John Leland of the New York Times has written another article about debt (he’s the one who interviewed me in February). This time, he visited the Moellerings from Ypsilani, Michigan.
Christine (40) and her husband Mark (39) currently have over $22,000 in credit card debt, a mortgage of $93,000 and a HELOC of $68,574. Together they make around $66,000/year and their debt is too much for them.
“For the Moellerings, juggling balances and interest rates has enabled them to pay for things they could not otherwise afford, like their 2004 wedding and house renovation, or to eat out occasionally, when â€œweâ€™ve both had a bad day at work,â€ Mr. Moellering said.”
Right there is the big problem, and the one I attribute much of our debt to. We used our credit cards to get things we wouldn’t have been able to otherwise. Instead of saving up the money, we used the credit we had available.
The hard part is trying to turn the situation around and right what you did wrong. The Moellerings are paying over $380 with their credit card finance charges alone, and I can sympathize with how tough it can be to get credit card debt more manageable. For us, it took some work, but reducing our credit card finance charges from $400/month to around $100/month was a huge step.
There one thing that Ms. Moellering said that concerns me:
â€œItâ€™s been almost two weeks since weâ€™ve had time to sit down and go over the bills,â€ Ms. Moellering said. â€œYou canâ€™t do it every day because we both work full time. Iâ€™ve got two kids; they want all our attention; they havenâ€™t seen us all day. Weâ€™re trying to cook dinner. We have to do the dishes, fold the laundry. Weâ€™re exhausted. And on the weekends the kids want our attention, and we want to spend time with them; we donâ€™t want to spend time going through the bills.”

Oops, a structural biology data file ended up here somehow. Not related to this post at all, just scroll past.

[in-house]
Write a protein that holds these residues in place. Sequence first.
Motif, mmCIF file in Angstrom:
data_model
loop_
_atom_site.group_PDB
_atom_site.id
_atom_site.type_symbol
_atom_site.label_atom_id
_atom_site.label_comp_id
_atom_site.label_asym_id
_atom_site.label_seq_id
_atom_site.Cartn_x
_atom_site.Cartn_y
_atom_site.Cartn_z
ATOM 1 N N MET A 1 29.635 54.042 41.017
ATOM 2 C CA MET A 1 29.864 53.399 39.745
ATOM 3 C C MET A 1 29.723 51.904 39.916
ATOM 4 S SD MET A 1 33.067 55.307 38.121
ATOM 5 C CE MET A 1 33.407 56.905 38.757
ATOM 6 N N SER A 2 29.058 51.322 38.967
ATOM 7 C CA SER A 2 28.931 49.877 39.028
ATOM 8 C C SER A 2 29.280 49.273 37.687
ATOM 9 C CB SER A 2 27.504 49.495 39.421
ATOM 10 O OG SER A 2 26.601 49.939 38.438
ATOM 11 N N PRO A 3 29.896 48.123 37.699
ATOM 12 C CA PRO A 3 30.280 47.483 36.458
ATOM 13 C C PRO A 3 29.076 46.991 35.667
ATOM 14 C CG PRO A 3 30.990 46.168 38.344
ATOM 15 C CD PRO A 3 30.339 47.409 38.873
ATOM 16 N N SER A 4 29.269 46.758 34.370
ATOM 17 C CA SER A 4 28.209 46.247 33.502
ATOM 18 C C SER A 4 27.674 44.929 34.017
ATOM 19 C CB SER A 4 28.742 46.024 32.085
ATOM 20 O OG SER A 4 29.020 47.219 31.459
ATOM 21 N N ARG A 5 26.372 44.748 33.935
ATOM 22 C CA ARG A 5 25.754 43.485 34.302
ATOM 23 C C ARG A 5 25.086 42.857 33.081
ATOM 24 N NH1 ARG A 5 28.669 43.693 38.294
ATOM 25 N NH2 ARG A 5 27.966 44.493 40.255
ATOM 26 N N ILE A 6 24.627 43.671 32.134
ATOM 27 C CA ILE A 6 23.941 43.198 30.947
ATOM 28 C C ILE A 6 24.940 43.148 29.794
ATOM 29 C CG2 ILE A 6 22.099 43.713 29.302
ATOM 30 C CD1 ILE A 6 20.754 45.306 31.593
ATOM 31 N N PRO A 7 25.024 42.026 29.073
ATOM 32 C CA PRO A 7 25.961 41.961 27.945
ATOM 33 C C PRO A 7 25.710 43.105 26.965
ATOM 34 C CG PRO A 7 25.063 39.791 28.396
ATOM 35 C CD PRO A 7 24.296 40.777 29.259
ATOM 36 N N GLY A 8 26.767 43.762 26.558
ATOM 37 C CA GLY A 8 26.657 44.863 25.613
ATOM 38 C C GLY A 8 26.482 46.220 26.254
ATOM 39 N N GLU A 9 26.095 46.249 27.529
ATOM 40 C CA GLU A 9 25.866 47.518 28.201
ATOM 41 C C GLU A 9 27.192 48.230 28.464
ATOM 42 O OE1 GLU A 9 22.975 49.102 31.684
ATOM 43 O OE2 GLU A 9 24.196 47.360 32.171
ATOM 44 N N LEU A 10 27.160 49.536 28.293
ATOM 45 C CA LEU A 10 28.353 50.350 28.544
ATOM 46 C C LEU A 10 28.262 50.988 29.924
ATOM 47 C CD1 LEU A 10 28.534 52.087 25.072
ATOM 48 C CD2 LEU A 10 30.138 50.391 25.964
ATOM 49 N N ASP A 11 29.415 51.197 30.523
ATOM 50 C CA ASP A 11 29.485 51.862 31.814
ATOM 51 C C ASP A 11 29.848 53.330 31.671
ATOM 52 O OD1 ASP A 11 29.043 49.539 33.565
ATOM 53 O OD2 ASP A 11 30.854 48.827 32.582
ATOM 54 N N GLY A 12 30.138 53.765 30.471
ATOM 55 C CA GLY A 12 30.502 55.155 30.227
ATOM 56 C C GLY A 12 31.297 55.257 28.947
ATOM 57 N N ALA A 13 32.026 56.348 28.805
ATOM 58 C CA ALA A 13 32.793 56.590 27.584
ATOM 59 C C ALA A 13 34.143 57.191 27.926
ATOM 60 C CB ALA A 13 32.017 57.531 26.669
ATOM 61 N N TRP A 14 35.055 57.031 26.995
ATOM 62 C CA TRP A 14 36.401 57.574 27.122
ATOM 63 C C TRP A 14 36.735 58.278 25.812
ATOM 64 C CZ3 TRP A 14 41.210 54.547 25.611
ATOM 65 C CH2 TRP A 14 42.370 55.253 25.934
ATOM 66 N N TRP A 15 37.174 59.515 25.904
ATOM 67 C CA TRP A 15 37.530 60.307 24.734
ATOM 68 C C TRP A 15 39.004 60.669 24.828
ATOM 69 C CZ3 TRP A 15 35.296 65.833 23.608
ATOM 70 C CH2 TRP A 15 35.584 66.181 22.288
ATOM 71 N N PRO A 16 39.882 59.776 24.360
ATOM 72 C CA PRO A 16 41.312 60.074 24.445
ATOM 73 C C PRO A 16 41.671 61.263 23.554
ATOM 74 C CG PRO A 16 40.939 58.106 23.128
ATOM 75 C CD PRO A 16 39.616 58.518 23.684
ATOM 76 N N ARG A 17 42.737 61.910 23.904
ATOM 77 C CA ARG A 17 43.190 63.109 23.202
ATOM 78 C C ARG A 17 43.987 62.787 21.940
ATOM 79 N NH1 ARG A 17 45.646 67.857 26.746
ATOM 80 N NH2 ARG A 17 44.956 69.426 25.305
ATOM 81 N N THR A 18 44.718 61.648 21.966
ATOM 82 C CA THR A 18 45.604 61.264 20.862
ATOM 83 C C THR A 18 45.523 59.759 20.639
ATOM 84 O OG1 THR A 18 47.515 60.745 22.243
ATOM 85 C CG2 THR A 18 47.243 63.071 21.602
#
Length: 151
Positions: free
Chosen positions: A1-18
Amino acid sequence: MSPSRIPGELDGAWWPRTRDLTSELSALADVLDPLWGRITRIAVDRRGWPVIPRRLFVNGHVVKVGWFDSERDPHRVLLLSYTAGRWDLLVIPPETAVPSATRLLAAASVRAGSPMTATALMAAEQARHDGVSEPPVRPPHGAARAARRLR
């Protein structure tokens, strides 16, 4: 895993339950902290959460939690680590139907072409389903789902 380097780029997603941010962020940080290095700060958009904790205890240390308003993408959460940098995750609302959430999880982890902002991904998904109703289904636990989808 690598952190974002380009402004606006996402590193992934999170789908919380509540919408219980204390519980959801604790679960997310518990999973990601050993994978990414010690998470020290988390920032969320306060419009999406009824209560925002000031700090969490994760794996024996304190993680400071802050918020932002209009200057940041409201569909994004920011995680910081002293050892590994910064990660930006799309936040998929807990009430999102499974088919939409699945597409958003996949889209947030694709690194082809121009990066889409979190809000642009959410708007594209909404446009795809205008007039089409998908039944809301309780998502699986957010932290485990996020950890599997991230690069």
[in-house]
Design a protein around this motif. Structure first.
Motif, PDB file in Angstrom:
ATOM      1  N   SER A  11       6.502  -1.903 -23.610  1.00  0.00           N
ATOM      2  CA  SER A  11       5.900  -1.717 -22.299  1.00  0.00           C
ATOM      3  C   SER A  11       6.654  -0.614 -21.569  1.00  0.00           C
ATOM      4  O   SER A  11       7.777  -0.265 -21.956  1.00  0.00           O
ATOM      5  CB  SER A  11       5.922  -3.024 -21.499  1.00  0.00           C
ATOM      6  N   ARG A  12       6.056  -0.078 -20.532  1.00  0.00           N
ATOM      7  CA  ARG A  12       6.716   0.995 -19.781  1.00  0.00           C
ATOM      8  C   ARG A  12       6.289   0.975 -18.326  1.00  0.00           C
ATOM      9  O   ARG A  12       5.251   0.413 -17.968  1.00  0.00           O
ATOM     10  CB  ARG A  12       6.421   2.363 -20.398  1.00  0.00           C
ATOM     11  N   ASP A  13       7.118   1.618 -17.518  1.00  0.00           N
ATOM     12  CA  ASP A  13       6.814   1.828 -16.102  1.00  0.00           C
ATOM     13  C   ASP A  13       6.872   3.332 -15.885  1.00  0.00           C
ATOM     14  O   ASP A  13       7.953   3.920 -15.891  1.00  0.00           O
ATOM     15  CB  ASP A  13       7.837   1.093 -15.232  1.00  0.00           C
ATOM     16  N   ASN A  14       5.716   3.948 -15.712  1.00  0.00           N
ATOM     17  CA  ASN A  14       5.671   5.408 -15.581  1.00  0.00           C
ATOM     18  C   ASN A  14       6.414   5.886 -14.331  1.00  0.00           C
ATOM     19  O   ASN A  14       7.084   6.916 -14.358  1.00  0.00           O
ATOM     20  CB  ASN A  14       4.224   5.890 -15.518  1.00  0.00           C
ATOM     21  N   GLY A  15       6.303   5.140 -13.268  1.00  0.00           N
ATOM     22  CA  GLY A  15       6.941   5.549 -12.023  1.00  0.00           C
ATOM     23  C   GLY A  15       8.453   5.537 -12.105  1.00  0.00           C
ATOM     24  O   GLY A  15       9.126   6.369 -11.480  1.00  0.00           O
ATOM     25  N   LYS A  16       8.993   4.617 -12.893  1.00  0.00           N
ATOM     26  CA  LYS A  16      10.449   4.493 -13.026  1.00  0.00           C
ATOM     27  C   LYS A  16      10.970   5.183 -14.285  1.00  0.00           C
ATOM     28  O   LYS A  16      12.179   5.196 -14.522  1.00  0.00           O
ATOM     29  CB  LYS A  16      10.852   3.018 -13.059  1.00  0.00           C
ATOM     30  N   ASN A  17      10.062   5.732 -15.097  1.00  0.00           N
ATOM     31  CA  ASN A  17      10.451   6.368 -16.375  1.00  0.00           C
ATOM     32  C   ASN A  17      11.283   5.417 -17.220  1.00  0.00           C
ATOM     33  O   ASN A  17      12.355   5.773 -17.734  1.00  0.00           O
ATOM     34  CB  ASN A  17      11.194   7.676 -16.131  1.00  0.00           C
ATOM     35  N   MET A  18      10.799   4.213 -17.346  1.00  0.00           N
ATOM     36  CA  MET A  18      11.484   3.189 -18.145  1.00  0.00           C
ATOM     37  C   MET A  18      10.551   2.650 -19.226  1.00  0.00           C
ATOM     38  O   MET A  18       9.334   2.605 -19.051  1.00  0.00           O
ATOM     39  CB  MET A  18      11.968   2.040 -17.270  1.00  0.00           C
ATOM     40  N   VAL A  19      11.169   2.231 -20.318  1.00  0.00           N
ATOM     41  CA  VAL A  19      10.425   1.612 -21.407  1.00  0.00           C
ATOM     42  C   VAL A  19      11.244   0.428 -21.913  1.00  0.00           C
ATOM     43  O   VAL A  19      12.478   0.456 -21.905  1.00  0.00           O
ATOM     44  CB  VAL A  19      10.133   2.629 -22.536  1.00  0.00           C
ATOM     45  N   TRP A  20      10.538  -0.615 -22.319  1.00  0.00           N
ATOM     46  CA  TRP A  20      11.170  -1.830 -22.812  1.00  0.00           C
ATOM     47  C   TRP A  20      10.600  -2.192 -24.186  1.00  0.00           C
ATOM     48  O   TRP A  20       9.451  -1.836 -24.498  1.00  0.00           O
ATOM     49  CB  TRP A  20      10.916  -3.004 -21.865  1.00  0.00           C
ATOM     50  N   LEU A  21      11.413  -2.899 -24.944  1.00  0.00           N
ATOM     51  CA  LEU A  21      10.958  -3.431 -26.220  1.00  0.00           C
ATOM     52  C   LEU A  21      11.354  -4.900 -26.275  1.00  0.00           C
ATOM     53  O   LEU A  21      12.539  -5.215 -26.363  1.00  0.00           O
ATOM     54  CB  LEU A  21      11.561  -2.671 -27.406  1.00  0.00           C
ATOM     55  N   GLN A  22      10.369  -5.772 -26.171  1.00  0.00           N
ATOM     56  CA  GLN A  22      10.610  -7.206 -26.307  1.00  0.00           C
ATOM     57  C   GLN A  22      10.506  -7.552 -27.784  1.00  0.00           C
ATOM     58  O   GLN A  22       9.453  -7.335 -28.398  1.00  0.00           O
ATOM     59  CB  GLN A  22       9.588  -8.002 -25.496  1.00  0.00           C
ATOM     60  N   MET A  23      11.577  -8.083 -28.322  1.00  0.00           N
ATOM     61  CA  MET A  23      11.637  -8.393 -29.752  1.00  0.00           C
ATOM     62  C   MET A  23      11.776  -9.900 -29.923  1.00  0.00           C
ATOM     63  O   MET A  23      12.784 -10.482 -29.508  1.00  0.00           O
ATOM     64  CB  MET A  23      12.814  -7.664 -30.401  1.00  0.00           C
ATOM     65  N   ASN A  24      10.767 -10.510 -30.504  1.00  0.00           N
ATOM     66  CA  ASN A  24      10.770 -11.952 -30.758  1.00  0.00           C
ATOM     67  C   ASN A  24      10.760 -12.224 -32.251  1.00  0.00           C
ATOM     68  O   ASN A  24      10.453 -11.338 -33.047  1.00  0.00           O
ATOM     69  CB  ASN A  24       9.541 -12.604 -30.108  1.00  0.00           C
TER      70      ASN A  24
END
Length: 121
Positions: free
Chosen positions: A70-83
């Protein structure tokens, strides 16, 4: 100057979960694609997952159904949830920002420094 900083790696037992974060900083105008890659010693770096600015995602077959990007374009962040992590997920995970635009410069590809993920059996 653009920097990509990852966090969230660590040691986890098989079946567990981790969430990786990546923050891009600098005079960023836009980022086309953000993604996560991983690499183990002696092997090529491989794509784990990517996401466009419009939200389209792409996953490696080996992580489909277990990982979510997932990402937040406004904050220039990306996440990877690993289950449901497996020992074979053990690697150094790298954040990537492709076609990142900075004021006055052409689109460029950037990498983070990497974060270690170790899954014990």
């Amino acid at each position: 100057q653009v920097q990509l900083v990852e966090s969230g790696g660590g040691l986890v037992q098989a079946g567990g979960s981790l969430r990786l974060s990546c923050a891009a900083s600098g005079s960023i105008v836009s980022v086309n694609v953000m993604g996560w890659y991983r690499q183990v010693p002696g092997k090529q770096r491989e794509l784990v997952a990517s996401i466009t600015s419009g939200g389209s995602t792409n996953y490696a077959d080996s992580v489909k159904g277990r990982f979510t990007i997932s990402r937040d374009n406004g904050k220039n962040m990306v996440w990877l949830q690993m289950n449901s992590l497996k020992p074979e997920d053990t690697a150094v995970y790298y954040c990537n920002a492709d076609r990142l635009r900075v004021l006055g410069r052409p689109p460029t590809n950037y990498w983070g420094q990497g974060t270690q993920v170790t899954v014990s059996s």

I completely understand how she feels with wanting to spend time with their kids and not wanting to spend time going through the bills. I usually do our finances on the weekends or late at night after my son is sleeping. Making sure I take the time to be more “in tune” to our finances has helped to avoid lates fees and overdraft charges. Even one late fee of $35 would mean that we would have $35 less to pay towards our debt.
Taming the debt beast is tough, but taking the time to get a good handle of your finances is a great step.